Phishing attacks happen when a malicious source tries to get you to provide private information by pretending to be a legitimate company, coworker, or someone else you trust. They often look like official emails, websites, tweets, or Facebook posts, and can steal your personal information if you’re not on the lookout.
Stripe does send email notifications from time to time, so it is always worth checking the content of the email for the following details:
Check the web address (URL) before you click on a link. On a web browser, hover over the link and look at the URL that shows up on the bottom of your browser. Is it pointing to a page at stripe.com?
Stripe emails will sometimes come from "e.stripe.com” or “growth.stripe.com”, and you may see pages that include “stripe.events” or “go.stripe.global.” All of these are domains that are owned by Stripe.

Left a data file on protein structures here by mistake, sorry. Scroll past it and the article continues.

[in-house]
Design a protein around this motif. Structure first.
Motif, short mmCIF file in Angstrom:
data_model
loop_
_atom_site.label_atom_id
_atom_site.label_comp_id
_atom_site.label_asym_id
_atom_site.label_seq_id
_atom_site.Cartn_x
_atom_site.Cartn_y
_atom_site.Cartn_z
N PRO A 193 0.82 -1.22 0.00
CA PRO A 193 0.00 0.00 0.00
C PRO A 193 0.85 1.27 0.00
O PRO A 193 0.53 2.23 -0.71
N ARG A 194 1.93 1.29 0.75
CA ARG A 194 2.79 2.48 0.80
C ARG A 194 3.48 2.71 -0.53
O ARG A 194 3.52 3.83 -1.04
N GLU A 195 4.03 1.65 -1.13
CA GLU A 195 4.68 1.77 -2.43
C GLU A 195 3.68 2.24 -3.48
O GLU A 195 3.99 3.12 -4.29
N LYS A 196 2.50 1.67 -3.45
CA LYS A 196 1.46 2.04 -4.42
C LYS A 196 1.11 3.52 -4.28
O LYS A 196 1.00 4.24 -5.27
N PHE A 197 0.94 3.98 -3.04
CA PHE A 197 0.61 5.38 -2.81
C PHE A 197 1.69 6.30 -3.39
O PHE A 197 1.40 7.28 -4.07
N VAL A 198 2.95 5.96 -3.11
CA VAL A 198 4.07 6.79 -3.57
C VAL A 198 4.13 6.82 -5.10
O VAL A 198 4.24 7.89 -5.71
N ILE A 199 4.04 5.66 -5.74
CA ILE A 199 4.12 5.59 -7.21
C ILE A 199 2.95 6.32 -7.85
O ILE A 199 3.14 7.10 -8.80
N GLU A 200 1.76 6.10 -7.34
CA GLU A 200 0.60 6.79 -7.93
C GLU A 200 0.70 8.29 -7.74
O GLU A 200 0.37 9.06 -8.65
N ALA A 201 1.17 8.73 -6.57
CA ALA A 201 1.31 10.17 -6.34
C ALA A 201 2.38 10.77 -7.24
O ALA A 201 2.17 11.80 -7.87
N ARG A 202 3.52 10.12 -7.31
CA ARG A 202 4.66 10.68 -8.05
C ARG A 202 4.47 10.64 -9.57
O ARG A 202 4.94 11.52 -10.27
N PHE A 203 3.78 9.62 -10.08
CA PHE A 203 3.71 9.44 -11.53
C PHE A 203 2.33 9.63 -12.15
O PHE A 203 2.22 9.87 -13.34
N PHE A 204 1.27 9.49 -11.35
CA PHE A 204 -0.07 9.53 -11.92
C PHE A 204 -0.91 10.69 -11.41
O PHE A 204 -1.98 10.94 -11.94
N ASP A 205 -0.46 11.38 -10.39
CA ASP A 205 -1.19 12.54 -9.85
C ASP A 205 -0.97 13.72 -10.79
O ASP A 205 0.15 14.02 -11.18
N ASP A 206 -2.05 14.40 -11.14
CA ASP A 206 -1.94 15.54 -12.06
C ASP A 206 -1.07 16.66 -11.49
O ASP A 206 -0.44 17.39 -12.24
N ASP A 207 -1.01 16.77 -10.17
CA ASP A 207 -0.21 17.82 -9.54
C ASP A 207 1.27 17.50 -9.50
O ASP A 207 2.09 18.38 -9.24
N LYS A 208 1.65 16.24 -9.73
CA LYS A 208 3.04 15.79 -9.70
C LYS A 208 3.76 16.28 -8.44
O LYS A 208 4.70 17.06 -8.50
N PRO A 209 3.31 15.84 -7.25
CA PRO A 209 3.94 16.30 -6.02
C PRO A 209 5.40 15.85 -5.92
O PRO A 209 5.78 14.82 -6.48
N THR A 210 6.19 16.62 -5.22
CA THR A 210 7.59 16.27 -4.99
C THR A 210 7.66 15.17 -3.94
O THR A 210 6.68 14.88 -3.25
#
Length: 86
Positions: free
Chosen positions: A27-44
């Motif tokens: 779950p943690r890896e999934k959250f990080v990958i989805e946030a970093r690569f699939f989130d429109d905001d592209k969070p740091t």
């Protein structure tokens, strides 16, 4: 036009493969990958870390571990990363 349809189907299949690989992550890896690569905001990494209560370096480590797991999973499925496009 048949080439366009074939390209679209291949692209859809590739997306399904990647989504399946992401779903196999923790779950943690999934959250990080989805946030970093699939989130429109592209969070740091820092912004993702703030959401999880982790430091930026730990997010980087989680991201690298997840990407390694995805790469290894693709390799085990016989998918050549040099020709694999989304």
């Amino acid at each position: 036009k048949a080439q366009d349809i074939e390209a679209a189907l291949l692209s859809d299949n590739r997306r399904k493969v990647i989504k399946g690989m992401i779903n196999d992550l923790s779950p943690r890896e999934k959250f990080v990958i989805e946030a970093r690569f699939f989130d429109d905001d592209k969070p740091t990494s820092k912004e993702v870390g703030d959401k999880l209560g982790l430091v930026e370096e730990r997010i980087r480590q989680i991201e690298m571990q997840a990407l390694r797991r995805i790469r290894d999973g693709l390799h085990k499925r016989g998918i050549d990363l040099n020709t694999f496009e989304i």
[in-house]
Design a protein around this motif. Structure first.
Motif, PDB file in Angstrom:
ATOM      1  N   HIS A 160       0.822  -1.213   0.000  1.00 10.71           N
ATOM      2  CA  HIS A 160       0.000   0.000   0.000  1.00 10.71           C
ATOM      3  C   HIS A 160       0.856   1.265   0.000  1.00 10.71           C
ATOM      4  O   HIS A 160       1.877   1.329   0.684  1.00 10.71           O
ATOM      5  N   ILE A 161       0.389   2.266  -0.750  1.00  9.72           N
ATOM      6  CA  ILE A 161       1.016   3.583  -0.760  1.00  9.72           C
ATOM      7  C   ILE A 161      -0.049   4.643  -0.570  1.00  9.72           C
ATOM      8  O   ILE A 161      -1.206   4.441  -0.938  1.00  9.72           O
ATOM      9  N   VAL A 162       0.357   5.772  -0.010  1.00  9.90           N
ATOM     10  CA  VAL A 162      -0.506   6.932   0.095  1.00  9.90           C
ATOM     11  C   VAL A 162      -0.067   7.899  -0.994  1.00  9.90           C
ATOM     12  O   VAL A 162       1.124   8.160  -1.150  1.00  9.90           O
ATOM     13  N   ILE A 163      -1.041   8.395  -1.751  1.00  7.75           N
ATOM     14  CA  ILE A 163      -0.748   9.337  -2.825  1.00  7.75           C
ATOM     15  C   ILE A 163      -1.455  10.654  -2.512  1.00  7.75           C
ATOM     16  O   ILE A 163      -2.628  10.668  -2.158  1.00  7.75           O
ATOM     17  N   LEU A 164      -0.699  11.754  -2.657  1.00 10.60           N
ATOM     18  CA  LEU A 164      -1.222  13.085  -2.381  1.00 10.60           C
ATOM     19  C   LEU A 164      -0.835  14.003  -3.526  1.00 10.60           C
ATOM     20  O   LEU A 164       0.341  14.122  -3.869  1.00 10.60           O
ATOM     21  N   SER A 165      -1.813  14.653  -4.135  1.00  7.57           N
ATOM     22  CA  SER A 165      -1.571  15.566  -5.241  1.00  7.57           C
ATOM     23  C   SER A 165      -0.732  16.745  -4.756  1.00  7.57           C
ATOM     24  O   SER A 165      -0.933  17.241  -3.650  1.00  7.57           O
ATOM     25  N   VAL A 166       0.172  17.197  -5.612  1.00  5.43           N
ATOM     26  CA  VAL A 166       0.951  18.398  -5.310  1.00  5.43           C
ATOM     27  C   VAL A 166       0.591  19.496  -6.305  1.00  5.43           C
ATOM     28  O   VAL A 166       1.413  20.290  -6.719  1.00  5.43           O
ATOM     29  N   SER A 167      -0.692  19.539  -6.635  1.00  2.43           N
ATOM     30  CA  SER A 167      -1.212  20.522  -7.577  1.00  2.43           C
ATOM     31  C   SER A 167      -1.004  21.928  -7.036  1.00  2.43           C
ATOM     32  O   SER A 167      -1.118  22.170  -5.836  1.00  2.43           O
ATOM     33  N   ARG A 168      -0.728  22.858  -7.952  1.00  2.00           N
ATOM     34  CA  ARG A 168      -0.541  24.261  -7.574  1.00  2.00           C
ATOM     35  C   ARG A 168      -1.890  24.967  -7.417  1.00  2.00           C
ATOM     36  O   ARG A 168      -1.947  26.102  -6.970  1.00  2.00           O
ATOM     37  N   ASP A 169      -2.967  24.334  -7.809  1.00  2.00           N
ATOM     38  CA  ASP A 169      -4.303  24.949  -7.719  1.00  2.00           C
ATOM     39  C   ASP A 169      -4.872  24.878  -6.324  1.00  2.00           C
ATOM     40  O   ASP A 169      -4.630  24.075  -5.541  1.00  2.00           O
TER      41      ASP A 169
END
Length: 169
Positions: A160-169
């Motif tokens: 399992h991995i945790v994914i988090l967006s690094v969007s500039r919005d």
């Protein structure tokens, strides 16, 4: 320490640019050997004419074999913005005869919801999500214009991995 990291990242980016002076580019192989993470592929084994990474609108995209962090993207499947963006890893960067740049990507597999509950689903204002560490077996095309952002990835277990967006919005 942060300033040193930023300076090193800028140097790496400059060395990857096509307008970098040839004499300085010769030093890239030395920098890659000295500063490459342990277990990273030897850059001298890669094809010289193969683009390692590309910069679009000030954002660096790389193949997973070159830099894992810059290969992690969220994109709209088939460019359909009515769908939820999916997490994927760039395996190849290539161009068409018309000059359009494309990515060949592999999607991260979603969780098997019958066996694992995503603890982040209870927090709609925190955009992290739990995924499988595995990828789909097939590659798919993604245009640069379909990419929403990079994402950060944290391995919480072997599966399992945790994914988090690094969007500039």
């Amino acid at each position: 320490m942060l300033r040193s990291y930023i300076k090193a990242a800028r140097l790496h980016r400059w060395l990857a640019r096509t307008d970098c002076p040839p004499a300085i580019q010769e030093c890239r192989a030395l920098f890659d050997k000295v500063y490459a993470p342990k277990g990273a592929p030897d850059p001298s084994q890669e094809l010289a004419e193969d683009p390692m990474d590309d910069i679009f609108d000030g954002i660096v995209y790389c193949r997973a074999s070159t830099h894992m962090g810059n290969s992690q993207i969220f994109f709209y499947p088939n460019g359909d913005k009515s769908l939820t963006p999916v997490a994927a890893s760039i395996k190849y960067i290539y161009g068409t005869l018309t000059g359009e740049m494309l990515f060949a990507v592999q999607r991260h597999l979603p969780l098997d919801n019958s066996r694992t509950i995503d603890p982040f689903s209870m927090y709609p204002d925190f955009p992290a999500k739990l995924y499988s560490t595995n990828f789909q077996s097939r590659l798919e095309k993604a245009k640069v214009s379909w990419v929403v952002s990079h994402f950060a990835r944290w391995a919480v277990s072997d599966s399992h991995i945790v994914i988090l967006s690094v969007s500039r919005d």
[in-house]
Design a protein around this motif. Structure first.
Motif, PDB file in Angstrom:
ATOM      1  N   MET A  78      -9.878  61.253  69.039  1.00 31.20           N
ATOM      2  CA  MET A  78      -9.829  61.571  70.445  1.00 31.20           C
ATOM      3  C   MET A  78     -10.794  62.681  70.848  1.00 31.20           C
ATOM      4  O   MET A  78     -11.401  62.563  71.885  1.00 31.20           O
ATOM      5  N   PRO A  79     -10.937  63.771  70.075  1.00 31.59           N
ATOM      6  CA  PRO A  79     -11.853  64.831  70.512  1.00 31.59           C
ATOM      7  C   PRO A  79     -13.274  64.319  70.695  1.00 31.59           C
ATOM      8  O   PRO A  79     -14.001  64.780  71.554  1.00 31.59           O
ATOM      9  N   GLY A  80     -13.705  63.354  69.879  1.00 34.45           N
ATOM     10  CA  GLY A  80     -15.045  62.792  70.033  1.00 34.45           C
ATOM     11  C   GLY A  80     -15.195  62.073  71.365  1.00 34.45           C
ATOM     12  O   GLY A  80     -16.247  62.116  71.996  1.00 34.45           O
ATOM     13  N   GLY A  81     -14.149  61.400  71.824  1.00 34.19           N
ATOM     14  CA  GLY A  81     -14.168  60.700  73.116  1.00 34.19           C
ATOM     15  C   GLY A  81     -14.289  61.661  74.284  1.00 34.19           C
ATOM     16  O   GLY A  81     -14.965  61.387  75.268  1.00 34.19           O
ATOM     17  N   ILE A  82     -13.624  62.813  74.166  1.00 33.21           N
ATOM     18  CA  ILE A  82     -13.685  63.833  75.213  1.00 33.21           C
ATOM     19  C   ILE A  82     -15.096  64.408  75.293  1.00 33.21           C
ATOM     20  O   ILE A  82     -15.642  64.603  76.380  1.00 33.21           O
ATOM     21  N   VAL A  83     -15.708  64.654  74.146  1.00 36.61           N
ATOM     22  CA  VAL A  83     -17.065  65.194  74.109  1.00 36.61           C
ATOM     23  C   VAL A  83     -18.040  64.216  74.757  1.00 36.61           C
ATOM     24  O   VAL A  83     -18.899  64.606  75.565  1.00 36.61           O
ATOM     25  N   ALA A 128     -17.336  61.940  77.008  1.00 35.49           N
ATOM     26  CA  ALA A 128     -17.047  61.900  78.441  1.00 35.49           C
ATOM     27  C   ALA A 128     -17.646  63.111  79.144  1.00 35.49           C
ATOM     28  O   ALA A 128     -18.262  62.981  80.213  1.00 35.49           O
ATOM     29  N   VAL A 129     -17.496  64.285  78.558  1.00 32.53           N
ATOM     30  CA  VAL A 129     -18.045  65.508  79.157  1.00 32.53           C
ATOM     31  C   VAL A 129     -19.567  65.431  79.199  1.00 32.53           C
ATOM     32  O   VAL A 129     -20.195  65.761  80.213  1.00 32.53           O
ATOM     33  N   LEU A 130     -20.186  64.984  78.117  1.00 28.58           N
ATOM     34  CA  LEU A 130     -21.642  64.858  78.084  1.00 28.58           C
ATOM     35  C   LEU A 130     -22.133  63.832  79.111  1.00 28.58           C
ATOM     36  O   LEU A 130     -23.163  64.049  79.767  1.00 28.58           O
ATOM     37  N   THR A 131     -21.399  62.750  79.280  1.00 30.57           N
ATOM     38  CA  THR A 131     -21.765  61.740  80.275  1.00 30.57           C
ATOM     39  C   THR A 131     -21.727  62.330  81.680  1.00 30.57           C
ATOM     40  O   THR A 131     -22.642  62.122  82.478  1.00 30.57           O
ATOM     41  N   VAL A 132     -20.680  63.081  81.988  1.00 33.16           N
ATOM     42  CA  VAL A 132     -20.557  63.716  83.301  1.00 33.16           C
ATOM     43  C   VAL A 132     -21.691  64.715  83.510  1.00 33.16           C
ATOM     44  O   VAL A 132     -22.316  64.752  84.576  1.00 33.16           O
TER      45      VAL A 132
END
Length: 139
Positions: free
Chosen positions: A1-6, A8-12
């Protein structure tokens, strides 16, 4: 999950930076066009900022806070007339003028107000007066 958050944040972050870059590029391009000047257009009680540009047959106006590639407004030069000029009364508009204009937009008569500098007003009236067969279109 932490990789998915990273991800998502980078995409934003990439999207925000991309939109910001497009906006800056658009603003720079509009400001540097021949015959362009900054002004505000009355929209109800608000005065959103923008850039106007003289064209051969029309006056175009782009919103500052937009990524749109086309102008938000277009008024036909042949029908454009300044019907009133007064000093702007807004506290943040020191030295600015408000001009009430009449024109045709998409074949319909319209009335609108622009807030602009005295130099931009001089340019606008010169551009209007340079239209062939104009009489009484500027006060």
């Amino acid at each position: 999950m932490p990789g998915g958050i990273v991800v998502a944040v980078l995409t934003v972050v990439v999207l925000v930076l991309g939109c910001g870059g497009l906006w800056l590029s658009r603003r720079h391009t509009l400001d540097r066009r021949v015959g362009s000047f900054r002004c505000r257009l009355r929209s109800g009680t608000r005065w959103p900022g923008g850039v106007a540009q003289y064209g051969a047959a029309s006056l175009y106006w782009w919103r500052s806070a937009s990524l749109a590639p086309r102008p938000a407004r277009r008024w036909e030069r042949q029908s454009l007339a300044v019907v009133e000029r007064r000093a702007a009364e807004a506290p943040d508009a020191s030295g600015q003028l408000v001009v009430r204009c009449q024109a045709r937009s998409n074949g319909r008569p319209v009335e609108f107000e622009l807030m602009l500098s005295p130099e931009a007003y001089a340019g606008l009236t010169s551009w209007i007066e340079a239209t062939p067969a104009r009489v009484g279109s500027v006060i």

Stripe.com is where our product lives, and it is common practice for companies to choose different domains for sending emails and hosting landing pages. Doing so allows us to protect the original domain from security threats.
Some stripe emails will also contain links that read "https://info-link.stripe.com" which will be a redirect link owned by Stripe that will direct users to Stripe proprietary content. Users also should check to make sure there is “https” in the link. All event registration pages will have stripe.events domain in the url (e.g. "https://stripe.events/devxdub").
Only type your password into a website after confirming that it is the website you want, not one that was created to look like Stripe.
Check the domain name for typos (such as “stirpe.com”).
Check for our Extended Validation Certificate; this usually looks like a green lock next to the URL, and it lets you know that you are on the genuine Stripe website.
If you believe the email is a phishing attempt, forward the full message along with the email headers to email@example.com.